Steve VonSchriltz ends his term as coach of the Dublin Coffman Shamrocks
Posted On July 22, 2021
Steve VonSchriltz has considered stepping down as Dublin Coffman’s swimming and diving coach after the women’s team won the Division I State Championship in 2020.
It would have been hard to blame him given the scale of the accomplishment. Not only did the Shamrocks win their first state title, but they did so with just six athletes competing in the competition.
In the end, VonSchriltz decided to return for a 15th season that saw three Coffman swimmers win state titles. Two of those swimmers – aspiring sophomore Emily Brown and senior Zac Stump of the men’s team – topped the list of expected returns for athletic director Duane Sheldon to be hired as VonSchriltz’s successor.
Von Schriltz recently informed his athletes that he had quit.
“I really wanted to quit after winning the state championship, and I stayed another year mainly because of my relationship with Ellie Andrews, who I had been coaching since she was about 9 years old,” he said. he declared on July 14.
Andrews, a signatory from Texas, led the Shamrocks to their state championship, winning the 200 medley yards and 100 breaststroke. Last winter at State, she won the 100 breaststroke, Brown won the 200 freestyle and 500 freestyle and Stump won the boys 500 freestyle.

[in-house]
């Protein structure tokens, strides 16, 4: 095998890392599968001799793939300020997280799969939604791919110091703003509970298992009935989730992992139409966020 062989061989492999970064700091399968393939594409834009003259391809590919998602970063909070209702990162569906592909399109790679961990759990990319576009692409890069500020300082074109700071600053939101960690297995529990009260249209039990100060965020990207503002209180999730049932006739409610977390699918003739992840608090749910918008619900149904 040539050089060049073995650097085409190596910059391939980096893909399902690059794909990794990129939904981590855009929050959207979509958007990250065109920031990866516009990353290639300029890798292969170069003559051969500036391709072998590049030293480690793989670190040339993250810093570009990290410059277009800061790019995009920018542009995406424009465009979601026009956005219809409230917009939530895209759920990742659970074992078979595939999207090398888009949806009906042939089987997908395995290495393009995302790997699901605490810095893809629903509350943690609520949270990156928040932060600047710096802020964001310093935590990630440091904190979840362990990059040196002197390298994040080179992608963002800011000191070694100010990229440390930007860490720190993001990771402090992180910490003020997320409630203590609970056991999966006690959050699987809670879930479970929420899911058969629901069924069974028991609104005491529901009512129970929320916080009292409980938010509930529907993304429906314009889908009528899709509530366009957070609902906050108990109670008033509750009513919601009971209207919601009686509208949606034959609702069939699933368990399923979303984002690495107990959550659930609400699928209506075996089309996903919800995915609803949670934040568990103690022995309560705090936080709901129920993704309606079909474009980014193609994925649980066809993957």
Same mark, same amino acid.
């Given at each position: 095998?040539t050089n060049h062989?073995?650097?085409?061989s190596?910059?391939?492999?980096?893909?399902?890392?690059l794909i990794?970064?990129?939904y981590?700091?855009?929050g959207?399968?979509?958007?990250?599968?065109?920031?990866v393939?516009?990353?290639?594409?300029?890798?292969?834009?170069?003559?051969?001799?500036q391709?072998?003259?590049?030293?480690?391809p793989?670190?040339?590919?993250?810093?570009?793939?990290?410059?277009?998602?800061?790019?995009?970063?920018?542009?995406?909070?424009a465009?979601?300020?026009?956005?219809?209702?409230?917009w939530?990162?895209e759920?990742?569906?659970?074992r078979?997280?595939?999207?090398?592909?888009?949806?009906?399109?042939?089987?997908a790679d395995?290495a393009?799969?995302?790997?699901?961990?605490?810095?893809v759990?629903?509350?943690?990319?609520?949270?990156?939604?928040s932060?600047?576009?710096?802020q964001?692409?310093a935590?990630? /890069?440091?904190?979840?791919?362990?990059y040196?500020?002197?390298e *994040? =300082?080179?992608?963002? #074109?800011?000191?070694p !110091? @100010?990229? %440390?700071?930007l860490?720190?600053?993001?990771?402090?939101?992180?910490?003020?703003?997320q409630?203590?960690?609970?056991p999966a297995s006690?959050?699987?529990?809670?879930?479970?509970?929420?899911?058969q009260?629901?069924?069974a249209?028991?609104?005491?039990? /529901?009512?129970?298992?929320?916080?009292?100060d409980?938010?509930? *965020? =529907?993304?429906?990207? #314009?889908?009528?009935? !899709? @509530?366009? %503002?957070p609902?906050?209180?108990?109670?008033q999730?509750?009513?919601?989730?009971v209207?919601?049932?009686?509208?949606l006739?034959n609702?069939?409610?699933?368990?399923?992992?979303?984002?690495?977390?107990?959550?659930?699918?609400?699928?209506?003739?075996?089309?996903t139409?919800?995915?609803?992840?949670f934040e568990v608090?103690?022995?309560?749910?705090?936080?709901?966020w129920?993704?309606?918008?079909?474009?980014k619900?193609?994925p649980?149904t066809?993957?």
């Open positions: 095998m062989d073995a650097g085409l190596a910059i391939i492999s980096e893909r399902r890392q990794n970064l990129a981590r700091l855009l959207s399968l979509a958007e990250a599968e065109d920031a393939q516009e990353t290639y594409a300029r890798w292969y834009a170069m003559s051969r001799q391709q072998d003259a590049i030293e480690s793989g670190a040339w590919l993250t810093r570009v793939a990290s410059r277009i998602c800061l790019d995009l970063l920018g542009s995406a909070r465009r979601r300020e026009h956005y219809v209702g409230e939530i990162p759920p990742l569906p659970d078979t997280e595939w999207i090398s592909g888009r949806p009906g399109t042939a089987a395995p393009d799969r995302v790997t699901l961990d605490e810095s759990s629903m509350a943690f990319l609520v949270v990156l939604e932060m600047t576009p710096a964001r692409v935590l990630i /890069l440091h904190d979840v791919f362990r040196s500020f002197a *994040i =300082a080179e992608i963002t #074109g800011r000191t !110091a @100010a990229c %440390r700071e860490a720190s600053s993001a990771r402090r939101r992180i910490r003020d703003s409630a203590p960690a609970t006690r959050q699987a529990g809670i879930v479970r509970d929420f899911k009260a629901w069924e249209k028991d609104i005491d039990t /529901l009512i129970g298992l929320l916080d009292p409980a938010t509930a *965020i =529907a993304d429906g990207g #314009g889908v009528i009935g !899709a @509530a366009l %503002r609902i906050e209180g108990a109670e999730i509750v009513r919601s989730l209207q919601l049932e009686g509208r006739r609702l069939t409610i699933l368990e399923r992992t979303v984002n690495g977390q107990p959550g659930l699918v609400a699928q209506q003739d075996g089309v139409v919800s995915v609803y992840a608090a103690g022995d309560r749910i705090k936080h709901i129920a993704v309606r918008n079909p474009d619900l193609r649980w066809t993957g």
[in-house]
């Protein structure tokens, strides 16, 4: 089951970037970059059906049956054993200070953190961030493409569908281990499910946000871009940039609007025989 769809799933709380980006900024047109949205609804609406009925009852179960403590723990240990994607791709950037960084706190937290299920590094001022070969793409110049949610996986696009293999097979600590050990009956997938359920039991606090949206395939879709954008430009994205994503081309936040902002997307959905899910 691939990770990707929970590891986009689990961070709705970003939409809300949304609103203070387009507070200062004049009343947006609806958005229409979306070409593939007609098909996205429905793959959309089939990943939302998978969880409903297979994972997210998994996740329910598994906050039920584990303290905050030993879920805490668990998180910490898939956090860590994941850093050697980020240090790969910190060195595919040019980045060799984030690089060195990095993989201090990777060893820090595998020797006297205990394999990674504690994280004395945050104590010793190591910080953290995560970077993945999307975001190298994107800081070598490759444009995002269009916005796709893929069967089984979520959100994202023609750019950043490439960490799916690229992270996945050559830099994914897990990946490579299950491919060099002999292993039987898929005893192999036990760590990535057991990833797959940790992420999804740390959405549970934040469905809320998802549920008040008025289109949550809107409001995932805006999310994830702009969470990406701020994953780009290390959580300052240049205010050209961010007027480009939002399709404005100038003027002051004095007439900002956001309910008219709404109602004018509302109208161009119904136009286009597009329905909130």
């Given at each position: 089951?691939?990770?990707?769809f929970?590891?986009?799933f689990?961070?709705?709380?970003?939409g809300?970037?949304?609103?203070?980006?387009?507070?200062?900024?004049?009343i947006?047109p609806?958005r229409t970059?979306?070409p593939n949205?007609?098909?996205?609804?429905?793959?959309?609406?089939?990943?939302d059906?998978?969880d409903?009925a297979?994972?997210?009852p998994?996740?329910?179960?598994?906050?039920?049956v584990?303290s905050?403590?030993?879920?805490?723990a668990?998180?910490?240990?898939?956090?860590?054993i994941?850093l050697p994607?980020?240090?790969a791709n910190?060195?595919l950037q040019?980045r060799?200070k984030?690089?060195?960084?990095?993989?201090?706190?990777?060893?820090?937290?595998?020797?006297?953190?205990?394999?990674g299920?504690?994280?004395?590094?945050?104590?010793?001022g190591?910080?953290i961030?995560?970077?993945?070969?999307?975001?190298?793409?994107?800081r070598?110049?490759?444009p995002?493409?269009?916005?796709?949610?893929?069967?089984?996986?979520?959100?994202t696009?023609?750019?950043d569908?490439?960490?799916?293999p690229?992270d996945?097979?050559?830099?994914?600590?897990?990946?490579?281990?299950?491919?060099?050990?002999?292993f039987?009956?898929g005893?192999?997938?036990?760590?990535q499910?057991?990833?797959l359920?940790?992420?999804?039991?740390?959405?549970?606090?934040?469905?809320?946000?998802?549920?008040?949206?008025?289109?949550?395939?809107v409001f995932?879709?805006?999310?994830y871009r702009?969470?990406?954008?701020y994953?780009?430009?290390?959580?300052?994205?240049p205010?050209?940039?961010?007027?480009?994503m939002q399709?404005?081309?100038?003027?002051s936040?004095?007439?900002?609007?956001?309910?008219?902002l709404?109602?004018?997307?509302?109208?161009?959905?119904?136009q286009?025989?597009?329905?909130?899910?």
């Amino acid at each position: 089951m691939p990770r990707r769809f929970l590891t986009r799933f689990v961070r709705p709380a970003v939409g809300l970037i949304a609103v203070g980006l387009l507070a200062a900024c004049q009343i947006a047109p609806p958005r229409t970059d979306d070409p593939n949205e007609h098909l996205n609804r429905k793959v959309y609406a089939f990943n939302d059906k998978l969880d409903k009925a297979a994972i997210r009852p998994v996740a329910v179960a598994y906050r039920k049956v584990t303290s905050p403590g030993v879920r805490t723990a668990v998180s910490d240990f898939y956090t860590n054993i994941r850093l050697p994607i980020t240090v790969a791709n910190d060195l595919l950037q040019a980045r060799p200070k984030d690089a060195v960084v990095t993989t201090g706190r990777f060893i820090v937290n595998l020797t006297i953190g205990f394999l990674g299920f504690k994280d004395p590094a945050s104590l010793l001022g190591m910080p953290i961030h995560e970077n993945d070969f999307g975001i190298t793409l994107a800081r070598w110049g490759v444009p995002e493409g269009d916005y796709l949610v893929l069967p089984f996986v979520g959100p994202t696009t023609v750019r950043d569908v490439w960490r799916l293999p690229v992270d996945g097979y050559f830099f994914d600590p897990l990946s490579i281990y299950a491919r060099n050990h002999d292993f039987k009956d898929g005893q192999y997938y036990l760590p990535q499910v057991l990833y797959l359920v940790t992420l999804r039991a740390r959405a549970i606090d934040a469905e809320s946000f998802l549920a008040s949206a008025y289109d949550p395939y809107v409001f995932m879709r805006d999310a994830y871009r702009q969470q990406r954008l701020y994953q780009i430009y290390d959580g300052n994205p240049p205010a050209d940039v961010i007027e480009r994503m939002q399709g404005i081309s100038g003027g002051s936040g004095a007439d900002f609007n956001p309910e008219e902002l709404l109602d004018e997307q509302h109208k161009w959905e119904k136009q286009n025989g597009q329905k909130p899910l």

Von Schriltz called Brown “the most talented swimmer back in central Ohio” and said if he had returned for another season he might have ended up staying until she graduate.
“There’s never a good time (to step down),” he said. “You get attached to the children. “
Von Schriltz’s wife Cynthia “helped me make this decision,” he said. She was his assistant coach during her tenure and also resigned.
“We are happy for him that he made this decision and that he feels comfortable with it,” said Sheldon, who published the post but had not conducted any interviews as of July 14. “Just his success, (we’re) losing one of the best coaches in the state. It’ll sting a bit. He’s had a great career, and Coffman will miss him, that’s for sure.”
Von Schriltz, 59, plans to continue working as a financial advisor for Kensington Wealth Partners and to spend more time with his family, including visiting his daughter Haley in Portland, Oregon. Her son, Matthew, lives in Dublin.
“I’m not going to be a head coach of anything for a while until I maybe retire from my real job,” he said. “It’s a good job (as a coach); I appreciated it. The program is in good shape. “